Periodically working with virtual machines (vms), enough files are created and deleted that the thin provisioned virtual disk (vdisk) expands to its maximum capacity even though the operating system (OS) file system shows free space. This is typical and normal behavior. Unfortunately, this consumes space on the underlying storage that is no longer being active used with the VM OS.
For years I have been using the sdelete.exe Microsoft SDelete tool that securely erases deleted files using the option to just write zeros to all remaining free space. In Linux, I use the dd tool to read from /dev/zero and write to a temporary file filling all free space with zeros then deleting the temporary file.
These procedures simply write zeros to free space. VMware and network storage systems will "see" these zeros and free allocated storage space to the virtual disk. In essence, this shrinks the virtual file size on storage freeing unused space on the storage system. Some advanced storage systems will automatically detect these zeros and automatically free the space. Others you need to run a command line on ESXi to free the zeroed space.
The MAC OS has a couple ways to write zeros on free space. The graphical disk utility in Utilities menu and a command line too. I haven't had much luck with the GUI tool, so this procedure uses the command line tool.
First, open a terminal as an admin account.
type diskutil list to locate the drive you want to write zeros to. In my case it is partition 2 on /dev/disk0. Look for Apple_HFS macintosh HD. the identifier for mine is disk0s2.
Now run the too and write some zeros
diskutil secureErase freespace 0 disk02
secureErase = Secure Erace. There are 5 levels, we want level 0 for single-pass zeros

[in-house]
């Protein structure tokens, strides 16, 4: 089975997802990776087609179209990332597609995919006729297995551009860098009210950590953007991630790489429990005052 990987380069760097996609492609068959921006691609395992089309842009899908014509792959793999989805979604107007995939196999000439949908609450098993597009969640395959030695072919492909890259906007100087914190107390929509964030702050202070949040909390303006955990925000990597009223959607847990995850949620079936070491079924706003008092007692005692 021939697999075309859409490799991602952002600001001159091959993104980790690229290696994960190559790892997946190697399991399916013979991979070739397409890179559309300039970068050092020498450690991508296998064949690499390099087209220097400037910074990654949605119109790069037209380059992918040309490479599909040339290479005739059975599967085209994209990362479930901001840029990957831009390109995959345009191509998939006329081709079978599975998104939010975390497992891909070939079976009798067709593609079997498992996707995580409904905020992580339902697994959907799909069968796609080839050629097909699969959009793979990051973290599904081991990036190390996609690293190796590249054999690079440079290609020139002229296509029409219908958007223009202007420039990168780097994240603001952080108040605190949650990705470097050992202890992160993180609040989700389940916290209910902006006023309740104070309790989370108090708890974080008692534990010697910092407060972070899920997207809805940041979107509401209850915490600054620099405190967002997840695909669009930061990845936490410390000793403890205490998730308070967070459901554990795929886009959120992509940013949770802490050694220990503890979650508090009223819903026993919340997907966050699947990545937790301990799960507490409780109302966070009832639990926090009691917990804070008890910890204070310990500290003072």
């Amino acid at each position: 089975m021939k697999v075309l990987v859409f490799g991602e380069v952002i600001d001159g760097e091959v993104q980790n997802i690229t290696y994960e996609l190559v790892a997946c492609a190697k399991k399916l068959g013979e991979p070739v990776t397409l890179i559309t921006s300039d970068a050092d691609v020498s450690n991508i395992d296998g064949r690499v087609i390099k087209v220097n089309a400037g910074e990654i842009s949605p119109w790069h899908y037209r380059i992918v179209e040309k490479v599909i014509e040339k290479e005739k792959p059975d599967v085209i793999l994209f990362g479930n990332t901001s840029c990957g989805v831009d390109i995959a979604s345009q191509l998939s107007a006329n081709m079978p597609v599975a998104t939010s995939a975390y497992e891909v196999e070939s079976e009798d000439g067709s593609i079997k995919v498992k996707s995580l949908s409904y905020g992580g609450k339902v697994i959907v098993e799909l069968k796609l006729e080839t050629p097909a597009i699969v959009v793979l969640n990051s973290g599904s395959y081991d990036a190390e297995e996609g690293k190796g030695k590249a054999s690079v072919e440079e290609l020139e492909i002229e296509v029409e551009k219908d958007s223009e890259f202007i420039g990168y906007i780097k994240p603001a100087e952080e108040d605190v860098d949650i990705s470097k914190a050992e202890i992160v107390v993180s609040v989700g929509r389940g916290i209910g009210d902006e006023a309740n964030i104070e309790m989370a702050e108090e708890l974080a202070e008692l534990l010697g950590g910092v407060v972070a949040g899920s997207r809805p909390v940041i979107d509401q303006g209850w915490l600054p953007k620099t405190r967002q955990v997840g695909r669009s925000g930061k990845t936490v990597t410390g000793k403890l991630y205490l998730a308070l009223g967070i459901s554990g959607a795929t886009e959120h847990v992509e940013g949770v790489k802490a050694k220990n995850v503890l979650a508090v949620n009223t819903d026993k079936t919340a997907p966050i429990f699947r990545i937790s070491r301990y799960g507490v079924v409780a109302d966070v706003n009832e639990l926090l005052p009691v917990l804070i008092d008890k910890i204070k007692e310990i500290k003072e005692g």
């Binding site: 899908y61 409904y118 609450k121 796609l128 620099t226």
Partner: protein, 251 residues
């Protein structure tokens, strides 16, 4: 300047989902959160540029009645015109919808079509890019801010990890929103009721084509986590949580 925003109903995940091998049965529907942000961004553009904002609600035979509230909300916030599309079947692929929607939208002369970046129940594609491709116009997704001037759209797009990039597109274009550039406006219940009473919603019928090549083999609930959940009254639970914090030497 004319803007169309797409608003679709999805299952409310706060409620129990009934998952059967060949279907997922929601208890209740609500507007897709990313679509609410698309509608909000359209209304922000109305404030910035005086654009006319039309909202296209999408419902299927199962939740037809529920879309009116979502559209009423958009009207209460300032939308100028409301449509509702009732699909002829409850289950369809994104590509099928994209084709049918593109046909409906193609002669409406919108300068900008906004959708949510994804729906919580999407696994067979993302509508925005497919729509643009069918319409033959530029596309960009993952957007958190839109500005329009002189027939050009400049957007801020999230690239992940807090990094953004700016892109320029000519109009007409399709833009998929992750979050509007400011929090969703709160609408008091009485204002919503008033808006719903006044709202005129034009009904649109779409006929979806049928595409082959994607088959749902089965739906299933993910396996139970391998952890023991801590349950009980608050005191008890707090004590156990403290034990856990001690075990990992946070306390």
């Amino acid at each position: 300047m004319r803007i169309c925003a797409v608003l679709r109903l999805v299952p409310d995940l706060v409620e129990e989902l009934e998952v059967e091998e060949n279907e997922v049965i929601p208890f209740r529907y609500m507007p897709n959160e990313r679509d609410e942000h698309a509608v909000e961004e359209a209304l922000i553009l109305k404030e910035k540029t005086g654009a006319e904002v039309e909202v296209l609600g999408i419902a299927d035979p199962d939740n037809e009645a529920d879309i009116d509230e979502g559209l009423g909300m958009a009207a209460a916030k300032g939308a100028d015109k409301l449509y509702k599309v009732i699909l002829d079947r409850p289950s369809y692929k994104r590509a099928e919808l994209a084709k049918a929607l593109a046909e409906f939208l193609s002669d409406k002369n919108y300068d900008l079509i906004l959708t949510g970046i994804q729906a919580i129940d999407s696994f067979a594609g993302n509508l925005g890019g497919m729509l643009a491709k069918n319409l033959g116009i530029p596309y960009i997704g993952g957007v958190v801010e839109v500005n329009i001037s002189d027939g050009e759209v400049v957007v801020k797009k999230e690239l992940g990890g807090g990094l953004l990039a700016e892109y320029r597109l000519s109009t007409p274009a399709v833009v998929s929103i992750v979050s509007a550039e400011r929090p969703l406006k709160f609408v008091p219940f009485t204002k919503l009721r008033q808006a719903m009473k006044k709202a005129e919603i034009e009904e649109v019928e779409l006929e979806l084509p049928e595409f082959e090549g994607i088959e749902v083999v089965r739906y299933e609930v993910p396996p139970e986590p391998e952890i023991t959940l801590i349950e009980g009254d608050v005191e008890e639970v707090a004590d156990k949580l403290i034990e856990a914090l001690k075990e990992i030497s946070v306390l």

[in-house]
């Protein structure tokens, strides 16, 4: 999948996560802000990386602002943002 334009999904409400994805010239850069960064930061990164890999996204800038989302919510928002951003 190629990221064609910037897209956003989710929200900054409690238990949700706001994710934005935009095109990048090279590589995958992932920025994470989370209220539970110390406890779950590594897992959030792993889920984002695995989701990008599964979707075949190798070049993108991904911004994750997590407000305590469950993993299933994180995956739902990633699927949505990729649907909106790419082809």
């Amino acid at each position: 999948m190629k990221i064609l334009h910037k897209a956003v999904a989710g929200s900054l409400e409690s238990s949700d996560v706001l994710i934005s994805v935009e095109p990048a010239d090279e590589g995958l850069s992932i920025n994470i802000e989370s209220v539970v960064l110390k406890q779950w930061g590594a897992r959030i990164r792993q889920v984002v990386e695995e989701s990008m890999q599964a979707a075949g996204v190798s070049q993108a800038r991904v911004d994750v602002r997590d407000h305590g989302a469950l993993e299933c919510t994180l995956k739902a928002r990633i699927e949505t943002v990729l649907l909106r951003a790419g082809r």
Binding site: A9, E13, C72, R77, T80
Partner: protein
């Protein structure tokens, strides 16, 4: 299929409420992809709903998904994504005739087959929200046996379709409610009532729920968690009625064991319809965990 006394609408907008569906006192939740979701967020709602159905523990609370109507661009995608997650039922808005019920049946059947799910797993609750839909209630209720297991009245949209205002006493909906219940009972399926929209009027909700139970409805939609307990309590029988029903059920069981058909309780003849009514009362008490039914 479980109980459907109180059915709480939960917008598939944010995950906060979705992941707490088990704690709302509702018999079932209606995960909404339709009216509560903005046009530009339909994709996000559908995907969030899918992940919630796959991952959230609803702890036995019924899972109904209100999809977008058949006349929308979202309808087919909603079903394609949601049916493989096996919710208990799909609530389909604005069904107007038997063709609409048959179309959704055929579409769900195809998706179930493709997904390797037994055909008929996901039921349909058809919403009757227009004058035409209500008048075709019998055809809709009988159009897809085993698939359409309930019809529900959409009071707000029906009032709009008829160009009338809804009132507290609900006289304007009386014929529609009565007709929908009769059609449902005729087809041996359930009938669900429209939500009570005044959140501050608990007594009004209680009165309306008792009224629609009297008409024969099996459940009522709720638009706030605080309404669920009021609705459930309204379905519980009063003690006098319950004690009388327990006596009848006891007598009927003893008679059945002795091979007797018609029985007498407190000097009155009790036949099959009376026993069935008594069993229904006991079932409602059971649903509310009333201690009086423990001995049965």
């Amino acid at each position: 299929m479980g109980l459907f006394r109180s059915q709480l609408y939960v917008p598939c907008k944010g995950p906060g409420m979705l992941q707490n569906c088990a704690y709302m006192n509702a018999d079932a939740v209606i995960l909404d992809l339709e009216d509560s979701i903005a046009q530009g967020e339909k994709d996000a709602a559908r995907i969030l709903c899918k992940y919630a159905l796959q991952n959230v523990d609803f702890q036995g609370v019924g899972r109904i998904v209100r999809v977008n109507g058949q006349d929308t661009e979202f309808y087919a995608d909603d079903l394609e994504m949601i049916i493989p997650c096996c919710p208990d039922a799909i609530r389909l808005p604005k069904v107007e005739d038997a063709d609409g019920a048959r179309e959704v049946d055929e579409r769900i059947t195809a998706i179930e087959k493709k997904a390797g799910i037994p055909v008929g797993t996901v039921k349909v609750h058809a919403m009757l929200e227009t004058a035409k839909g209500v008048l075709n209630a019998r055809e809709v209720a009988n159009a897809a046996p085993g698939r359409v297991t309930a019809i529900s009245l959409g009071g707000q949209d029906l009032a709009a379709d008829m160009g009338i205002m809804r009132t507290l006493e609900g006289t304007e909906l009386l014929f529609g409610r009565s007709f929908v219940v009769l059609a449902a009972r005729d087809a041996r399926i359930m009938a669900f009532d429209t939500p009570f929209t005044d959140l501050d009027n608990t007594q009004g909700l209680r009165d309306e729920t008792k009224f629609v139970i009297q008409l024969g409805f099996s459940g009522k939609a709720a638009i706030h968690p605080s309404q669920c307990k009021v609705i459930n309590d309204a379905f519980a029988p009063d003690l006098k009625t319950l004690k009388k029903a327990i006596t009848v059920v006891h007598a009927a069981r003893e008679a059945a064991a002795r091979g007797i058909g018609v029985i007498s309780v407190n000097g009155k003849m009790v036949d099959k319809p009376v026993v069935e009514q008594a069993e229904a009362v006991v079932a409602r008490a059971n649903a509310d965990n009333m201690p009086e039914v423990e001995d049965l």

freespace = only write zeros to free, unused space. Does not affect files or OS
0 = secureErase level 0 single-pass zeros
disk0s2 = my partition that has my data
I have a SSD drive so it is pretty quick. 3 or 4 minutes. The progress bar will indicate how long the zero write will take. The estimate updates every few seconds.
When it is all done, use the vmware command line tool vmkfstool to free space that contains all zeros. First SSH to the ESXi hot and login as root (there are other methods but I use SSH to esxi to run the command line tools).
For example on my VM, I used the command
vmkfstools -K /vmfs/volumes/datastore1/Mac_OS_Master/Mac_OS_Master.vmdk
The starting size of the VM was 105GB with used and non-shared at 95GB. After zero write procedure, the provisioned size was still 105GB the used and not-shared were now 57GB.
If the VM has frequent file writes and deletes, the used space will slowly increase again and eventually warrant another shrinking. If it is very frequent and expands the virtual disk to capacity in a short time, it may not be worth the effort to shrink the virtual disk. It is up to you.